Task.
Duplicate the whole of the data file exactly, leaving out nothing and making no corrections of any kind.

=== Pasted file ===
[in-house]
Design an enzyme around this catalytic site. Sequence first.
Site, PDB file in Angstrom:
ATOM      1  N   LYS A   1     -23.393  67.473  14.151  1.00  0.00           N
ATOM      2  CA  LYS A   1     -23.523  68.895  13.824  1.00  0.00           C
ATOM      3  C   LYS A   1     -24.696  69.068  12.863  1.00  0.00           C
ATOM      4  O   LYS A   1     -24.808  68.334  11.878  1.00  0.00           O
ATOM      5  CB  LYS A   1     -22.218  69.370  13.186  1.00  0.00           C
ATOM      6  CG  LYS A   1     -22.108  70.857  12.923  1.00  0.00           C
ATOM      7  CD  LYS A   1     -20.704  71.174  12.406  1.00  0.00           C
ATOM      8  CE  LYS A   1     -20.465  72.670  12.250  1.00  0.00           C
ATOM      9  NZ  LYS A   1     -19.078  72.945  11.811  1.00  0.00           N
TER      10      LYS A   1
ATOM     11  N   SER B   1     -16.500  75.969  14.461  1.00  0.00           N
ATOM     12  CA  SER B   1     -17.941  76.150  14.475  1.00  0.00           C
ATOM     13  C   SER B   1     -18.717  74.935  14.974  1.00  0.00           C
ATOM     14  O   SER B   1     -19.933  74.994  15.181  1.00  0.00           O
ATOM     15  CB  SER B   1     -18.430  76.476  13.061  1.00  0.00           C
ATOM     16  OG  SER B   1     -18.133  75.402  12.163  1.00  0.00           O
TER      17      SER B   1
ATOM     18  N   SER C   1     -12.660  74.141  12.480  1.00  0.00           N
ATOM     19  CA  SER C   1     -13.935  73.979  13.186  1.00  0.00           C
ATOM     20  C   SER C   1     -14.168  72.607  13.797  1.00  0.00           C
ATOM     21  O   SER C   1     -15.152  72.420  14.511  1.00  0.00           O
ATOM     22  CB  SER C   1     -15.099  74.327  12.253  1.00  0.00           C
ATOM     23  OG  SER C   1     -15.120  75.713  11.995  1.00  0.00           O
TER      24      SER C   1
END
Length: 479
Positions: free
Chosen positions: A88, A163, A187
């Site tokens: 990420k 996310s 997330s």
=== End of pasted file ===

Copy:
[in-house]
Design an enzyme around this catalytic site. Sequence first.
Site, PDB file in Angstrom:
ATOM      1  N   LYS A   1     -23.393  67.473  14.151  1.00  0.00           N
ATOM      2  CA  LYS A   1     -23.523  68.895  13.824  1.00  0.00           C
ATOM      3  C   LYS A   1     -24.696  69.068  12.863  1.00  0.00           C
ATOM      4  O   LYS A   1     -24.808  68.334  11.878  1.00  0.00           O
ATOM      5  CB  LYS A   1     -22.218  69.370  13.186  1.00  0.00           C
ATOM      6  CG  LYS A   1     -22.108  70.857  12.923  1.00  0.00           C
ATOM      7  CD  LYS A   1     -20.704  71.174  12.406  1.00  0.00           C
ATOM      8  CE  LYS A   1     -20.465  72.670  12.250  1.00  0.00           C
ATOM      9  NZ  LYS A   1     -19.078  72.945  11.811  1.00  0.00           N
TER      10      LYS A   1
ATOM     11  N   SER B   1     -16.500  75.969  14.461  1.00  0.00           N
ATOM     12  CA  SER B   1     -17.941  76.150  14.475  1.00  0.00           C
ATOM     13  C   SER B   1     -18.717  74.935  14.974  1.00  0.00           C
ATOM     14  O   SER B   1     -19.933  74.994  15.181  1.00  0.00           O
ATOM     15  CB  SER B   1     -18.430  76.476  13.061  1.00  0.00           C
ATOM     16  OG  SER B   1     -18.133  75.402  12.163  1.00  0.00           O
TER      17      SER B   1
ATOM     18  N   SER C   1     -12.660  74.141  12.480  1.00  0.00           N
ATOM     19  CA  SER C   1     -13.935  73.979  13.186  1.00  0.00           C
ATOM     20  C   SER C   1     -14.168  72.607  13.797  1.00  0.00           C
ATOM     21  O   SER C   1     -15.152  72.420  14.511  1.00  0.00           O
ATOM     22  CB  SER C   1     -15.099  74.327  12.253  1.00  0.00           C
ATOM     23  OG  SER C   1     -15.120  75.713  11.995  1.00  0.00           O
TER      24      SER C   1
END
Length: 479
Positions: free
Chosen positions: A88, A163, A187
């Site tokens: 990420k 996310s 997330s």